Career Coach Q & A
Our career coaching and transition experts have compiled answers to some of job seekers' most commonly asked questions. Have an inquiry that's not addressed here? Contact us.

How long does a typical job transition take?
I am having trouble contacting people and getting them to return calls.
What is the best way to search for a job out-of-state?
How important is the Internet in my job search?
I hate networking. It feels like I am begging people for a job.
How can I make my resume more powerful?
How should I prepare my references?
How can I be sure about a company before I accept an offer?
How do I answer the salary questions when they come up in the interview?
What if I am not sure what I want to do next?
How should I prepare to market myself?
How do I develop my target list?
I am interviewing but not getting job offers, and I can't figure out why.
What is the best way to prepare for a behavioral interview?
What is the most effective way to conduct my job search?
What is the hidden job market, and how do I find it?



How long does a typical job transition take?
The average job search, including all levels, now takes six to 12 months, according to U.S. Department of Labor statistics. For senior executives, the averages can be much longer. The length of a job search is directly related to the amount of time dedicated to the search and how well-organized and focused the process is. You should treat your job search as a job.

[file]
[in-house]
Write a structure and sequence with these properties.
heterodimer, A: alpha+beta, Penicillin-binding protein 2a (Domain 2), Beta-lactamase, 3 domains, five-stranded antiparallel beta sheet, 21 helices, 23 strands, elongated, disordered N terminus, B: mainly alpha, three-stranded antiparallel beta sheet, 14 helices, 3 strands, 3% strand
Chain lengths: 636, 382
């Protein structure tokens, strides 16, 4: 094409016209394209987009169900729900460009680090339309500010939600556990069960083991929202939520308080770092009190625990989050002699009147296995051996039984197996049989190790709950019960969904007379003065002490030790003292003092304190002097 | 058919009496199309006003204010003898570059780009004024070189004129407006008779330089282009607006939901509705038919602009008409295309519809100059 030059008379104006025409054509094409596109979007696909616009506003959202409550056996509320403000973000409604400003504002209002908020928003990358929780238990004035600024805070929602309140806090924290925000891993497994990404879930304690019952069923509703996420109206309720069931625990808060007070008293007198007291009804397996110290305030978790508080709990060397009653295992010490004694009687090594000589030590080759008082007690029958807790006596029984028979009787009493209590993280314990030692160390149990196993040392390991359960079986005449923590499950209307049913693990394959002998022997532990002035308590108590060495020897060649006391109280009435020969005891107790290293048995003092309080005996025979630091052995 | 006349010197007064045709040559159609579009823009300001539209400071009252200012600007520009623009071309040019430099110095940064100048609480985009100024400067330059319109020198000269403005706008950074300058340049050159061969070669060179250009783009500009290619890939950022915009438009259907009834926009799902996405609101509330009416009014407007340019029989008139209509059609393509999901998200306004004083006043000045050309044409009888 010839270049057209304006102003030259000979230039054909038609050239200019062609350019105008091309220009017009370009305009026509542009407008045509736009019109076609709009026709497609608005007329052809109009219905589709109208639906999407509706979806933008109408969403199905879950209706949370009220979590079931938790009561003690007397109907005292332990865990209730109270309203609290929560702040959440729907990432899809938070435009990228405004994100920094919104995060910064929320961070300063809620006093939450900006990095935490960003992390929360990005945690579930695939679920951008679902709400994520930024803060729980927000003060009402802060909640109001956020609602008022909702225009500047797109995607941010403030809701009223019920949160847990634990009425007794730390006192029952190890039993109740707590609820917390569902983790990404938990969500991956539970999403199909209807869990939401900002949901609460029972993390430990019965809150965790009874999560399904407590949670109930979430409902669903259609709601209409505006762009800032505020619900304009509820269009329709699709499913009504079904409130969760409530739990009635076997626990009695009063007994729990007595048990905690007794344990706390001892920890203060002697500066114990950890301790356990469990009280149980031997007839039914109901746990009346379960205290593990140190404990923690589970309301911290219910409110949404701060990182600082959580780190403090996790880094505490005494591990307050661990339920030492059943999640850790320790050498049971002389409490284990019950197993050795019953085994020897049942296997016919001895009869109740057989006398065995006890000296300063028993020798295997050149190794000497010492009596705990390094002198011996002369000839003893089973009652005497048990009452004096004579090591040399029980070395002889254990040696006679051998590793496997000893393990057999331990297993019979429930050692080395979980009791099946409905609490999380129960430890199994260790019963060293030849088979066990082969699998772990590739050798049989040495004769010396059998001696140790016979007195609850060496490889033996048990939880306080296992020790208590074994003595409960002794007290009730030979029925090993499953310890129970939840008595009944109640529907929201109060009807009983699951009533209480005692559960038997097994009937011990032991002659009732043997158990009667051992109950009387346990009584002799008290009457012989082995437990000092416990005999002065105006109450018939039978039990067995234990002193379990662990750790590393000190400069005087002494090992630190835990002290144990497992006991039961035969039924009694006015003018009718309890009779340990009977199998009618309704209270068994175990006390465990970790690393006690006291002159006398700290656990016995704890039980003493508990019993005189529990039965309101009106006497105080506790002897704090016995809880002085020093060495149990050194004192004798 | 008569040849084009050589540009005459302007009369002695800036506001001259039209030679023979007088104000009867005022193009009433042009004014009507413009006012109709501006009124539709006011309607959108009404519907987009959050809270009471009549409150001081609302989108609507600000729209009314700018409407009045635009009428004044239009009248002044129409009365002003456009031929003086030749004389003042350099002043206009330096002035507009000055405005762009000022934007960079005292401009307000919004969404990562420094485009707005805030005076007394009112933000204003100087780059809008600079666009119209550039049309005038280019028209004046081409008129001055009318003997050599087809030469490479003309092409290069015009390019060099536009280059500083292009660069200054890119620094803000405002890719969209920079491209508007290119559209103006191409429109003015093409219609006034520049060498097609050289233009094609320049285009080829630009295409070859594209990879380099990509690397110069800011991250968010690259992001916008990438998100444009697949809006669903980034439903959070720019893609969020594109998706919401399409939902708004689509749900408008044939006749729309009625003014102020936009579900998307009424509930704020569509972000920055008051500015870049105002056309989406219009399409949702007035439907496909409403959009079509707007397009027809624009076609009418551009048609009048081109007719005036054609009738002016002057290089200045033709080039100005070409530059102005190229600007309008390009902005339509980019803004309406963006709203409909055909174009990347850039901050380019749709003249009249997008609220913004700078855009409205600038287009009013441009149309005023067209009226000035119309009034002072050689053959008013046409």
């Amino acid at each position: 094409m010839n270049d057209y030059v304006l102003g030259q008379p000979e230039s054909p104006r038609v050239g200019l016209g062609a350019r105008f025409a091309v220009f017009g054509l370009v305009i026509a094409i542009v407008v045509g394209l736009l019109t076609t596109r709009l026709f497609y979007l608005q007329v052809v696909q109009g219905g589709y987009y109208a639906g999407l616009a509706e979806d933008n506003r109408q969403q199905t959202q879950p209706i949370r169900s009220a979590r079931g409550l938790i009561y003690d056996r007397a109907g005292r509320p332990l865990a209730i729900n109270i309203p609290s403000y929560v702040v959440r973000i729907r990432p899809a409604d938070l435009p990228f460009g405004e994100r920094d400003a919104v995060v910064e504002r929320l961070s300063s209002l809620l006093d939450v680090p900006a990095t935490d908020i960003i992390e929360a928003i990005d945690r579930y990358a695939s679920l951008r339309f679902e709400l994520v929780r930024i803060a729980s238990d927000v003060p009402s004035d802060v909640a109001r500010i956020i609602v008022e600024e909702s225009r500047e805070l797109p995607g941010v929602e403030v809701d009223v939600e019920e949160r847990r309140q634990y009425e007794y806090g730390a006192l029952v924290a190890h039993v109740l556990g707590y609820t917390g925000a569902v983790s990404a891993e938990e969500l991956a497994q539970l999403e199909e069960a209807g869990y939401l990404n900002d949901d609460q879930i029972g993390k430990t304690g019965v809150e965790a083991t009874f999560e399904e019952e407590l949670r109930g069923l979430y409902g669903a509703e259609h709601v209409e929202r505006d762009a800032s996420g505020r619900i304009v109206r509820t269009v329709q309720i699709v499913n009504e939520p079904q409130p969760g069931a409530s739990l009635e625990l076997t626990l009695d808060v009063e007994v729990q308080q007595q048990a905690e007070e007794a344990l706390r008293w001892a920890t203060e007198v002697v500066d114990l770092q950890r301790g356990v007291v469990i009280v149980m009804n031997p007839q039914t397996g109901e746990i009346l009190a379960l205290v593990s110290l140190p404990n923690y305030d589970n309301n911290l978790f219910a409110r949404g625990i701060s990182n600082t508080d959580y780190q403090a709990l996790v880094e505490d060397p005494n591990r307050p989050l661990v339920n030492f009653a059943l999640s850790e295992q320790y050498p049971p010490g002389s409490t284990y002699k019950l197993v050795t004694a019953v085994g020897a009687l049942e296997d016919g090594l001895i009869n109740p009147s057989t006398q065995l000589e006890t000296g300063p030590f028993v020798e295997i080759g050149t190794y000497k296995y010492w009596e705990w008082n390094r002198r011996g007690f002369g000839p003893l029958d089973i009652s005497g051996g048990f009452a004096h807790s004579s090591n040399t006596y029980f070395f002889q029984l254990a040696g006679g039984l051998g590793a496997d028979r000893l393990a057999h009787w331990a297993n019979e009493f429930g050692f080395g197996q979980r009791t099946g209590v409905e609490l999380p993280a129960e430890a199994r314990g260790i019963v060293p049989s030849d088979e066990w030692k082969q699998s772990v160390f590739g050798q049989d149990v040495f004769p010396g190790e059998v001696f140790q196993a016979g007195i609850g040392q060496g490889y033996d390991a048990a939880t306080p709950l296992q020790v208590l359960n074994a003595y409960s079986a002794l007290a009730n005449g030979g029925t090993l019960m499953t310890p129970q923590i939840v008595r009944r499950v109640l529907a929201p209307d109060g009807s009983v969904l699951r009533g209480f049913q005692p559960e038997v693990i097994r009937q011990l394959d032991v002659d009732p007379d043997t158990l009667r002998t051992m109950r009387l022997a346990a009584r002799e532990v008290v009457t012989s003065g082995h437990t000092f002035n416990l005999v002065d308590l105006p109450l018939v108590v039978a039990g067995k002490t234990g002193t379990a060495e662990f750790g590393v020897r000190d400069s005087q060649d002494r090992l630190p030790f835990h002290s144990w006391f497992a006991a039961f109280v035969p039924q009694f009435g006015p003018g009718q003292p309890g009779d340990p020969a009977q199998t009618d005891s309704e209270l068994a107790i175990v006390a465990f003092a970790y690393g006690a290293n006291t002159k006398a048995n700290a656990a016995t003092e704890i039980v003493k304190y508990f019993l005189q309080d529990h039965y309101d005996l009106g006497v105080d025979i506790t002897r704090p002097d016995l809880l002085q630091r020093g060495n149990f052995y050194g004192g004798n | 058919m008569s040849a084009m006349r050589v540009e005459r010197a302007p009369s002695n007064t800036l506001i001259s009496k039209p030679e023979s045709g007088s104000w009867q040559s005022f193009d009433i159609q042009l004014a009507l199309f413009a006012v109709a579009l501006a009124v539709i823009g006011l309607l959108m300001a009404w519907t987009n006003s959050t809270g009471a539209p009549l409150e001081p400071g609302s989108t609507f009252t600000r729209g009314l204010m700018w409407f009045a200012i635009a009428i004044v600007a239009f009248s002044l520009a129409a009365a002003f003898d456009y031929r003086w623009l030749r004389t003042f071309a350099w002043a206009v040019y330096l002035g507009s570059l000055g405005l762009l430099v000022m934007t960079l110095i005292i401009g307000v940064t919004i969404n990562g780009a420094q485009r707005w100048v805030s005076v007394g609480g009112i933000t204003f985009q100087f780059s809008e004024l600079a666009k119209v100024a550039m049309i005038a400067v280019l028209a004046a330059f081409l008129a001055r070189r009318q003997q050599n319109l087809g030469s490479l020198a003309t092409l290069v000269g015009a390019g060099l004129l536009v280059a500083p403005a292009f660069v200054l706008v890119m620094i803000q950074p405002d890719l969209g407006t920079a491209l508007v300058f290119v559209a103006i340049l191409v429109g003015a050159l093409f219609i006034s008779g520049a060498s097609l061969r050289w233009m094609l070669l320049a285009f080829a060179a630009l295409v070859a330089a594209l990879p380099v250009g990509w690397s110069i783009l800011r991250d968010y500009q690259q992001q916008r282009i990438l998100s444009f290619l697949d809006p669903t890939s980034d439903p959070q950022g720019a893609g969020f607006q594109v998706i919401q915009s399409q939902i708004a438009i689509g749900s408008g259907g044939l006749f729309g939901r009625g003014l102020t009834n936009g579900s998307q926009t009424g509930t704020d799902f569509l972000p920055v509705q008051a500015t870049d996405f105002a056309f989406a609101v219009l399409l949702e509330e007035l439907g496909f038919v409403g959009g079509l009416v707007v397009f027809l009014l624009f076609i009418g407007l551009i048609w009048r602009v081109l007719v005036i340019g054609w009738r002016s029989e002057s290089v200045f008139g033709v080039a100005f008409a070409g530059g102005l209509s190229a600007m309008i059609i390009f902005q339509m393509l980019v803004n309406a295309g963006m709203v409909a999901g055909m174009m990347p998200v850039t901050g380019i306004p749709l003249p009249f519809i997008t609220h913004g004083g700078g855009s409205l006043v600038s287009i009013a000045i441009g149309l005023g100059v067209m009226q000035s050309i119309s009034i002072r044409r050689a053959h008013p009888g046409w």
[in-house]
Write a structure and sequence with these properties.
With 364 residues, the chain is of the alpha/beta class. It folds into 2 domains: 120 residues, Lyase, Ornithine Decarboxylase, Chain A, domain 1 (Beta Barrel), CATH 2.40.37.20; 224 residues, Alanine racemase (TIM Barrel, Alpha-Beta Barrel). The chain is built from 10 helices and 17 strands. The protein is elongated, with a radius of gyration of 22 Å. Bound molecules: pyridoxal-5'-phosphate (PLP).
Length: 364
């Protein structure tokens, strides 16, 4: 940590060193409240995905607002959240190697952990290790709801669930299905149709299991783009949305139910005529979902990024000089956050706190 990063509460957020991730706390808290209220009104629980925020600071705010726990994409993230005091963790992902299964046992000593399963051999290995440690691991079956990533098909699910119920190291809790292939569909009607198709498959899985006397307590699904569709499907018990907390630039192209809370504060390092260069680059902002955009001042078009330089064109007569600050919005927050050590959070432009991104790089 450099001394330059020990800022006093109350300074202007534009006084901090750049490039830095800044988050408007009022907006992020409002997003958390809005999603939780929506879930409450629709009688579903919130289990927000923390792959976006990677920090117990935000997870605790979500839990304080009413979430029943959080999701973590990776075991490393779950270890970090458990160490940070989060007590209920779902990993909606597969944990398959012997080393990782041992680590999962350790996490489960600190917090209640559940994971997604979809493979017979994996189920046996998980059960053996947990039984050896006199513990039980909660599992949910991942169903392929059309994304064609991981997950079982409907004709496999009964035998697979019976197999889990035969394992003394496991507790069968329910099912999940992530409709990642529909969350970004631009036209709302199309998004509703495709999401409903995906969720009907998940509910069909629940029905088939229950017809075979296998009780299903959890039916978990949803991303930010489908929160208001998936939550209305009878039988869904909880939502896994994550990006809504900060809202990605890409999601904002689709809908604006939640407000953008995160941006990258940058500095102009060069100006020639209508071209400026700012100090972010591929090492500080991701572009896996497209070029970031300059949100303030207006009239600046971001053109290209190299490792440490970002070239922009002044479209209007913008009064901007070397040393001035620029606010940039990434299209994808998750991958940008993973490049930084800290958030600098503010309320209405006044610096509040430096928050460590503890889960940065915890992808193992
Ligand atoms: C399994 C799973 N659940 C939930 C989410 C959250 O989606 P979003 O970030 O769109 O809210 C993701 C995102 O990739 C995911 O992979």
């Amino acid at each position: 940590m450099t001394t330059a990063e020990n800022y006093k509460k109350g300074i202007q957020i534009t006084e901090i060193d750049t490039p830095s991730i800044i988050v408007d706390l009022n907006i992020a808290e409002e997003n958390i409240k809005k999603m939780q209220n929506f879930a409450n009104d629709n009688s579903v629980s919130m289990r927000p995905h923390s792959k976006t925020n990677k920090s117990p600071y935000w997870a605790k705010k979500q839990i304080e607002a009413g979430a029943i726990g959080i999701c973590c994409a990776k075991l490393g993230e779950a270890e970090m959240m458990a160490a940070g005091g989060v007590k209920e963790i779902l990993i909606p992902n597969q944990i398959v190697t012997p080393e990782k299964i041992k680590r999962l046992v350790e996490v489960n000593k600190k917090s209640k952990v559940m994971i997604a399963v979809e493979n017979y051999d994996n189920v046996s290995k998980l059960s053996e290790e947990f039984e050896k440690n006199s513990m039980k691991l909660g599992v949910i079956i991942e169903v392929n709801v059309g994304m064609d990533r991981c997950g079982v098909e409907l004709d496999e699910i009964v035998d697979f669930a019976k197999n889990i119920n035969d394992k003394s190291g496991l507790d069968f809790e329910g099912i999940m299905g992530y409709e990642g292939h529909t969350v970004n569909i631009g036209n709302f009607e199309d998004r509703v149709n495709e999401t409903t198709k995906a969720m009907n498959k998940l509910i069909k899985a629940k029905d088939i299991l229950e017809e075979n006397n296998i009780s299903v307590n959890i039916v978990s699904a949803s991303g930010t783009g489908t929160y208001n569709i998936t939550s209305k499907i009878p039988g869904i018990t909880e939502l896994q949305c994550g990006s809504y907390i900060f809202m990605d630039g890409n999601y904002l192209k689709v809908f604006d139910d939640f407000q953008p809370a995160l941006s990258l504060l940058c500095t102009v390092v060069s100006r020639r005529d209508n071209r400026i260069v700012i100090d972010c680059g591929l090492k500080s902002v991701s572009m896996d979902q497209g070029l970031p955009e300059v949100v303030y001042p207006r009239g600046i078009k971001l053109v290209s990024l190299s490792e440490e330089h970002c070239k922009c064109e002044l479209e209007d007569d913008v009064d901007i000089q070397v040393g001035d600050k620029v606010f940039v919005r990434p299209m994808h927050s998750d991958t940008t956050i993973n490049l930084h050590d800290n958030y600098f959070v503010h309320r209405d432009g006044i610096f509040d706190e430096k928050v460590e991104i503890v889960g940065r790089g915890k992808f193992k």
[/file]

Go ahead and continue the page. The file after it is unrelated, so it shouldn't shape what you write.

I am having trouble contacting people and getting them to return calls.
If you call early in the morning, around lunchtime and at the end of the day, you're more likely to catch your contact at his or her desk and avoid the "gatekeeping" assistant. If you do not have the direct number, try using the company's automated phone directory. Call a digit up or down, and after apologizing, ask to be transferred to the person's direct line. Make friends with the assistant and try to get him or her to arrange a good time for you to call. Use the contact's e-mail address, if you have it, and mention you will be calling. You can then say "Mr. ____ is expecting my call." Use the name of your networking referral as an opening.


What is the best way to search for a job out-of-state?
Looking for a job in another region or country is challenging. When targeting a geographical area, it helps to leverage any connections and contacts living there to help you with networking and local information. Research the cost-of-living comparisons, housing market, schools and general job market. Check out regional job boards and local recruiters, and identify the fastest-growing companies in the area that are related to your industry background. Consolidate trips by scheduling as many interviews and networking meetings as possible.


How important is the Internet in my job search?
Most people start with the Internet when they are looking to make a career move. There are thousands of job-posting sites and millions of jobs online. With the rise of automation in the search process, you would imagine this is where most of the jobs must be found. However, studies and surveys indicate that 60 percent to 80 percent or more of all jobs are still filled through word-of-mouth and networking. It is still who you know that counts. The higher-level the position, the more the networking pays off. Use the Internet to find and refine your targets, and to research companies, industries and executives. The world of information is invaluable when doing your due diligence.


I hate networking. It feels like I am begging people for a job.
First of all, you are not asking for a job when you network. You are asking for advice, contacts or information. Start with your inner circle of contacts and educate them about your background, skills and what you are looking for next. When you initiate contact, make it clear what you want from the person, how they can be of assistance, and the next step. Reach out to those you have helped in the past. They will feel honored that you are requesting their assistance. Make sure that you keep your network updated on your progress and status.